Two recent images of the labor movement in this time of crisis stand out for their stark contrast.
One is a photograph of UAW President Ron Gettlefinger sitting at the witness table before a Congressional committee with the heads of the Big 3 auto makers, pleading for help. The other is a photo of jubilant workers celebrating their victory after a six day sit-in at the Republic Windows and Doors factory in Chicago.
It is not stretching things to say that these images crystallize the problems and possibilities of organized labor today.
Gettlefinger’s testimony was a sad coda to an era in US industrial relations that actually ended in September 2007 when the UAW reached a concession packed agreement with GM following a two day strike, and similar agreements later that year with the other auto makers. The agreements froze wages for production workers; reclassified and placed “non-production” workers on a lower wage scale; and set a new hire rate at about $14.00 an hour—about half what incumbent workers earn—with inferior benefits. A buyout program was designed to push as many senior workers out the door as possible to make room for the new hires. The union promoted the contract as a way to buy time for the companies to reorganize and retool.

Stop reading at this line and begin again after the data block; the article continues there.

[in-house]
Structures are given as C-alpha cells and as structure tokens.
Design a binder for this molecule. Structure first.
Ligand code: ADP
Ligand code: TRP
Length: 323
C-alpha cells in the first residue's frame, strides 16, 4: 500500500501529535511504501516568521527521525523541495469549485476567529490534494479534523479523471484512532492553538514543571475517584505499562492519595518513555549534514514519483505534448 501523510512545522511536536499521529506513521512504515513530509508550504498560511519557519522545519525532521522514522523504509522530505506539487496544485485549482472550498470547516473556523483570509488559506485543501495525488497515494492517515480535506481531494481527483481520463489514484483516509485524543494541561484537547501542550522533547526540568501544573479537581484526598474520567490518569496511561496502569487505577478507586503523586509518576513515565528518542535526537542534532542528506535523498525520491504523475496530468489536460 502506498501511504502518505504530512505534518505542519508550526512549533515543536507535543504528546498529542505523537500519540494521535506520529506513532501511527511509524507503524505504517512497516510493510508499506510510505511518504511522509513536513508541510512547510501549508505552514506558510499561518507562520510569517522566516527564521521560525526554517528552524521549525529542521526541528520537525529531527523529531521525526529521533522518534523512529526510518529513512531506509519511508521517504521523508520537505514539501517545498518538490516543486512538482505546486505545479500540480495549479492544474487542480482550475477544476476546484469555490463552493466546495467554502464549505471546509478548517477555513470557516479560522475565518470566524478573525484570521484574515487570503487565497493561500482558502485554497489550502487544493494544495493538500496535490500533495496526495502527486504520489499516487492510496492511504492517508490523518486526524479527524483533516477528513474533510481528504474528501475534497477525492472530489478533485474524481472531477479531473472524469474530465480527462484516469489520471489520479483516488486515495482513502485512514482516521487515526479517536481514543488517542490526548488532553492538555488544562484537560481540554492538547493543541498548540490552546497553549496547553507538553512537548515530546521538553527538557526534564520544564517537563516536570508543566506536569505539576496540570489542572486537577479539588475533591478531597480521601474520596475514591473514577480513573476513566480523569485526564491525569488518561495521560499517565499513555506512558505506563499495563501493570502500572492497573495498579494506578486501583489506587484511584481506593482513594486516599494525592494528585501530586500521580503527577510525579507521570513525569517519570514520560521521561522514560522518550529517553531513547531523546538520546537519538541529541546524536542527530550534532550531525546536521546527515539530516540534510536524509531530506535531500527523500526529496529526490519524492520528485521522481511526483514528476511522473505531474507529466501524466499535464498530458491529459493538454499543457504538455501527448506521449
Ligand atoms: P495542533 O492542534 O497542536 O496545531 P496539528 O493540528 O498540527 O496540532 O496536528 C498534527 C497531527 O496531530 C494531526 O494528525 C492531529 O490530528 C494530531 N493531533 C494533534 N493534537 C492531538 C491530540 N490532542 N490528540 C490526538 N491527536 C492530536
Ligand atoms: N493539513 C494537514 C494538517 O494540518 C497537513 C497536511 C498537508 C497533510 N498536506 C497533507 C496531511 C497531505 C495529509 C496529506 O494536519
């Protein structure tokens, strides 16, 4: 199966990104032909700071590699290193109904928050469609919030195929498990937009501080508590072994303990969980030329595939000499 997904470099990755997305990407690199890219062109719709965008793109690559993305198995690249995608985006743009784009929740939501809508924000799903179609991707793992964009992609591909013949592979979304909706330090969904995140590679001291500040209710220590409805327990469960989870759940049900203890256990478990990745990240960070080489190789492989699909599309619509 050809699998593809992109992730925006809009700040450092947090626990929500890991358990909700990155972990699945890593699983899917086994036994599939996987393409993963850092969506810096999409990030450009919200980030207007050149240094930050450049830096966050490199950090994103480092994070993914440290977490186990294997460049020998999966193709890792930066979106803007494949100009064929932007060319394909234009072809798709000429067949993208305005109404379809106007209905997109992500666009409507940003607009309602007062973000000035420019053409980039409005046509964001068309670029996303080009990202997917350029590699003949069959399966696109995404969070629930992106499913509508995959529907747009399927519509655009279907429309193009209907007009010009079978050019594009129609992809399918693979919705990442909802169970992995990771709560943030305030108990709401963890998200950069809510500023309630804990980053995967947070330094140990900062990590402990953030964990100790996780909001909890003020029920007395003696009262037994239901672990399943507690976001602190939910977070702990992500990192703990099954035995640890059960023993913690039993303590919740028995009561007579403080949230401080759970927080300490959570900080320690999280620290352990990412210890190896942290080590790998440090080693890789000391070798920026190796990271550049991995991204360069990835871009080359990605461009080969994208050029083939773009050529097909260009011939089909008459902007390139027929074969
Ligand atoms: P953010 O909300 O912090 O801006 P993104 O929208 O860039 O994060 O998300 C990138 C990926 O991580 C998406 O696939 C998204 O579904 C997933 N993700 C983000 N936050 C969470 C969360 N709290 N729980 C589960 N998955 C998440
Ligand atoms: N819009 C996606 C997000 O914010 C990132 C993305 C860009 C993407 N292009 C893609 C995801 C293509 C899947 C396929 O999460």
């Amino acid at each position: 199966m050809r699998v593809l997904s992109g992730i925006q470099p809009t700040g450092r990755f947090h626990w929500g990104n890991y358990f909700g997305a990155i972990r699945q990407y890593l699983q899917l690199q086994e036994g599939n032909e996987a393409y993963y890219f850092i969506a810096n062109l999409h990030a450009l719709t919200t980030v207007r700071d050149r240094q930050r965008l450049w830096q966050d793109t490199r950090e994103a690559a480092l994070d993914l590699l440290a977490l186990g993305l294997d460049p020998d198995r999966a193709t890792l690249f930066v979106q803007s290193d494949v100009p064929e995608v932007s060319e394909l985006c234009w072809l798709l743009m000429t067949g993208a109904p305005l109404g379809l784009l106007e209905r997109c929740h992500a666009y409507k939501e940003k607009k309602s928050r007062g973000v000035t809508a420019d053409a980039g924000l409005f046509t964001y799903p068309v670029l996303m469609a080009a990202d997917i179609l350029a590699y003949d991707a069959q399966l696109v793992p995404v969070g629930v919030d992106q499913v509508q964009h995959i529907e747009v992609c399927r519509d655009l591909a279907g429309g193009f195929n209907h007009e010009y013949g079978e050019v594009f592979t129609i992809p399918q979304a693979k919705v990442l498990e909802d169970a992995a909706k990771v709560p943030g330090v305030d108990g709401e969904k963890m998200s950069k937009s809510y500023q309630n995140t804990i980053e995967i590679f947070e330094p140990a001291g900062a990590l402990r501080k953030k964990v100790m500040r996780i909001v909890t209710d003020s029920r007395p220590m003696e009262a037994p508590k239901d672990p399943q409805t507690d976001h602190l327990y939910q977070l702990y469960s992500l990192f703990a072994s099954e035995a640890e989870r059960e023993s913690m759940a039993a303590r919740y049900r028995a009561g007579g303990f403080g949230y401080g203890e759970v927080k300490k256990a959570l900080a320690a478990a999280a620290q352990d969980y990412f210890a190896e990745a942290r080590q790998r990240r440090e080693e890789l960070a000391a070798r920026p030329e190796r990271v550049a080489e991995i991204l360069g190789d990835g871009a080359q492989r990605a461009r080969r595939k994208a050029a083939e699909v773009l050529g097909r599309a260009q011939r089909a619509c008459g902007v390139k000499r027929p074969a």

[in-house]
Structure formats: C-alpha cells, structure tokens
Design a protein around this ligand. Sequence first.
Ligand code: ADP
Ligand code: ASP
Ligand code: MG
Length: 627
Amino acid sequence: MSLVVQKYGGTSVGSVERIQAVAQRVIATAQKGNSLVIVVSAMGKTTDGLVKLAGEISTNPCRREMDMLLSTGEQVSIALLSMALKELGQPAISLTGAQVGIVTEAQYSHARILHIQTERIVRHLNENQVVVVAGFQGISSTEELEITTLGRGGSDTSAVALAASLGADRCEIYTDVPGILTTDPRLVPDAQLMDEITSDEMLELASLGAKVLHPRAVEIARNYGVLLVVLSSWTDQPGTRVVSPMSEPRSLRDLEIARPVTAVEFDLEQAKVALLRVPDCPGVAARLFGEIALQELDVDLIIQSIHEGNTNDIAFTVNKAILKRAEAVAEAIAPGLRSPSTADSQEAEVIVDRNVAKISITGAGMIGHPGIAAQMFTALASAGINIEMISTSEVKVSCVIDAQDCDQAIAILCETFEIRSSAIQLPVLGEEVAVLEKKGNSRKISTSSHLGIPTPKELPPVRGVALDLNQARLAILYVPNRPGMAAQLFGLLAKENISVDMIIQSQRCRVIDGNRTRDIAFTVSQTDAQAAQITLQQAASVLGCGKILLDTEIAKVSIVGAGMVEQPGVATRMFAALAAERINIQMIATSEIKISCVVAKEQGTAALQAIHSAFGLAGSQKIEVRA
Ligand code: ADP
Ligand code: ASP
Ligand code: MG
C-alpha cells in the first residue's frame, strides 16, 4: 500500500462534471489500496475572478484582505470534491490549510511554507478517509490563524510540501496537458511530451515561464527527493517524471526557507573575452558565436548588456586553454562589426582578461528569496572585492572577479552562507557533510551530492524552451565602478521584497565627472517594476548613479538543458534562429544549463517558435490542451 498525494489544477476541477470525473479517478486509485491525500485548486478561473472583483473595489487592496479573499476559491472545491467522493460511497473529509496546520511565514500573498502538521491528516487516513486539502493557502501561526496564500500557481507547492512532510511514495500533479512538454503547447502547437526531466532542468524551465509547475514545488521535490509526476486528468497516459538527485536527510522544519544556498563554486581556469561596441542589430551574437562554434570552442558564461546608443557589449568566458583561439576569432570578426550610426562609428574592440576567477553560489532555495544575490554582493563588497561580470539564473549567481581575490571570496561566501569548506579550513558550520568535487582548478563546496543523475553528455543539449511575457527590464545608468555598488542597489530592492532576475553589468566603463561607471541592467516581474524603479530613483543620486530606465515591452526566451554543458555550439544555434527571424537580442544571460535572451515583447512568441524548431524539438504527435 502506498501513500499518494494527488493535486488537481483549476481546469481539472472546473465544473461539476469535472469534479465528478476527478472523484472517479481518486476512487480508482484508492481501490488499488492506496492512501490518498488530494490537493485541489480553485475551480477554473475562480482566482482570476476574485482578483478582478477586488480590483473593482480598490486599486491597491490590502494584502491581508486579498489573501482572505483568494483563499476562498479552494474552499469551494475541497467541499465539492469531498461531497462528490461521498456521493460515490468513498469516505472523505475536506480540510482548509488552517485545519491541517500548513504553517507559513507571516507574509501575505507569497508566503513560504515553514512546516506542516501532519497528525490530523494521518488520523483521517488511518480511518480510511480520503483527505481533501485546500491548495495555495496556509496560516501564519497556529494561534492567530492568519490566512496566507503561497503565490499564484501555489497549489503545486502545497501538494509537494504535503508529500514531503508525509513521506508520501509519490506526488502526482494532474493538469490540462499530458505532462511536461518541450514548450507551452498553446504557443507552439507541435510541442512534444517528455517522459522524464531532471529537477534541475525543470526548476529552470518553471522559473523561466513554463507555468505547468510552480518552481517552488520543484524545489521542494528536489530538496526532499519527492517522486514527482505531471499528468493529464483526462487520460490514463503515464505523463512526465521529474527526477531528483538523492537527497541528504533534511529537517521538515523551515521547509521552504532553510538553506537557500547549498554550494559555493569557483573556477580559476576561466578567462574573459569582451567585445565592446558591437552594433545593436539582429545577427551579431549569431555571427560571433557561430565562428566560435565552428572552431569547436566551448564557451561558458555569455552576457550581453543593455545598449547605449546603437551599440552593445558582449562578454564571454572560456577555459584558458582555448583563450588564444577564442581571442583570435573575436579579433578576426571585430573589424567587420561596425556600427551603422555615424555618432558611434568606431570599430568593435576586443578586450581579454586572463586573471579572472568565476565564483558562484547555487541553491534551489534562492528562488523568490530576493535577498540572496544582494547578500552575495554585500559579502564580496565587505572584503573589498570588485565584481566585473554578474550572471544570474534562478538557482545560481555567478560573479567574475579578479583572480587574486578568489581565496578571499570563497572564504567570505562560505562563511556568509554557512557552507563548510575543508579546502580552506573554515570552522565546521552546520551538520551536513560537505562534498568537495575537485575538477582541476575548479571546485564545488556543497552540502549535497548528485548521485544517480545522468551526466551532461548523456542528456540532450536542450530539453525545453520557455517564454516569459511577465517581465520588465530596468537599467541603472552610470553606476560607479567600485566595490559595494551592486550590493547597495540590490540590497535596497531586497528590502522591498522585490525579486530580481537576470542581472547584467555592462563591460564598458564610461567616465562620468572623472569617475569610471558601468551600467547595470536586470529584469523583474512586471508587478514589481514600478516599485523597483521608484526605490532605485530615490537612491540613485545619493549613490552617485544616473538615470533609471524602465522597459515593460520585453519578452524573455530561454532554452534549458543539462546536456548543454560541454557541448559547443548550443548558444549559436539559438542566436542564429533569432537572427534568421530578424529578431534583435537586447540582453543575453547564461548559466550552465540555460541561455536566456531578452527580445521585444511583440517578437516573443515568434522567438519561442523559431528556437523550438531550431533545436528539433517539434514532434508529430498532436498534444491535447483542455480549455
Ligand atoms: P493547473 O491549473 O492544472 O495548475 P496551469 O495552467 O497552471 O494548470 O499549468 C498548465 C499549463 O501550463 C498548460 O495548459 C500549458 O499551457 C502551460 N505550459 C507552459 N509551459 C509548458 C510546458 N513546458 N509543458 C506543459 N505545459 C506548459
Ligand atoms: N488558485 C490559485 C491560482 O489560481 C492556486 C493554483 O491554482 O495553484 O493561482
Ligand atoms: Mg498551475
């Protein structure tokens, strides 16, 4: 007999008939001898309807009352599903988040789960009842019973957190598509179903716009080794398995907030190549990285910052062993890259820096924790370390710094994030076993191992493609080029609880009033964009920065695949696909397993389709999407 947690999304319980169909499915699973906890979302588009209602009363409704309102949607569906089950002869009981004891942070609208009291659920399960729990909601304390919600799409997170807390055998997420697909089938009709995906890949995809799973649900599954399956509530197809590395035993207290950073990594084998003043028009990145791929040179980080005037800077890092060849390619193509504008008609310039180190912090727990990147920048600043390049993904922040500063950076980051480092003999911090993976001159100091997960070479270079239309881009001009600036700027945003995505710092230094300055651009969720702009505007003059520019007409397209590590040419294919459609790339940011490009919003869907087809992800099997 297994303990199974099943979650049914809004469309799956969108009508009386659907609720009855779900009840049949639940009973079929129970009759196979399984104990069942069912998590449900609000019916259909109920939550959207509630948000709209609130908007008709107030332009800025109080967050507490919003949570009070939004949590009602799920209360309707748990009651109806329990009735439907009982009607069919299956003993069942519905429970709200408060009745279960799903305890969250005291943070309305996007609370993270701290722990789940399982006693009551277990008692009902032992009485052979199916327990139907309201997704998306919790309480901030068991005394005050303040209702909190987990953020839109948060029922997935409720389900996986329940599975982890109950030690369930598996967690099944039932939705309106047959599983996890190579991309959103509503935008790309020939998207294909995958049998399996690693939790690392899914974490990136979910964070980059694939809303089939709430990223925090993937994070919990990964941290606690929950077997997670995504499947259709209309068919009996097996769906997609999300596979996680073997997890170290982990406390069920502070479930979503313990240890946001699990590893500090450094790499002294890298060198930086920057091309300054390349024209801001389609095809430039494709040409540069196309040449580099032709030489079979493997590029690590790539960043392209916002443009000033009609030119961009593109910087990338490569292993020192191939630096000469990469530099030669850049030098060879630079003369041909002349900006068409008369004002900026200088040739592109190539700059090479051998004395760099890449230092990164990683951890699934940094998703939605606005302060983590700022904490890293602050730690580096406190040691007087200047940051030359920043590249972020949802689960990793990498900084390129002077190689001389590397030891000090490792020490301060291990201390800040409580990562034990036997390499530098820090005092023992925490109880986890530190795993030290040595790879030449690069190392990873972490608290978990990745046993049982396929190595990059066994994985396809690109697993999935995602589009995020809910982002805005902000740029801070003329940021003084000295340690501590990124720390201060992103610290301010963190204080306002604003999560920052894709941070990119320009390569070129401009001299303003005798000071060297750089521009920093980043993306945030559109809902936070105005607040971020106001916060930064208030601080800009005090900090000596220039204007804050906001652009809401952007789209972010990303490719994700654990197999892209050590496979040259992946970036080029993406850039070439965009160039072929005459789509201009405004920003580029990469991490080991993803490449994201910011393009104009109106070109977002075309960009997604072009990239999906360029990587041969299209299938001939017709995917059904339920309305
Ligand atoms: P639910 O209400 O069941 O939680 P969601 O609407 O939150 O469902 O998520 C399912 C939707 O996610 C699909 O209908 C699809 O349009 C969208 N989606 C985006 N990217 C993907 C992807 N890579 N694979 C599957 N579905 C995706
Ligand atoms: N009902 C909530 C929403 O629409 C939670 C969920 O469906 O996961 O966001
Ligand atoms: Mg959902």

Nothing much happened. The restructuring took the form of plant closures. The retooling remained a promise by the Big 3 to produce more energy efficient cars. But all the while the companies kept up their incessant advertisements for SUVs, pick-ups, and other gas guzzlers. And they continued to pursue their lobbying and lawsuits against tougher mileage standards. The spike in gas prices and the credit crunch provided the coup de grace to a dying industry.
In October 2007, we asked on this blog, whether the UAW could turn its collective bargaining defeat into a strategic retreat by regrouping and developing an independent survival plan for the industry? Now we know the answer: they could not. Tragically, the UAW kept marching in lock step with the very companies that were destroying the US industry. The union even supported the companies’ opposition to tougher mileage standards because, they argued, it would unfairly hurt sales of light trucks and SUVs and imperil many jobs.
Had the union taken an independent course things might now be different. They might have been able to mobilize popular opinion behind a plan to produce greener cars and new vehicles for public transportation, preserving the jobs and the economies of the communities that depend on them. Instead, there is no plan to rally around, only a demoralized plea for a bailout.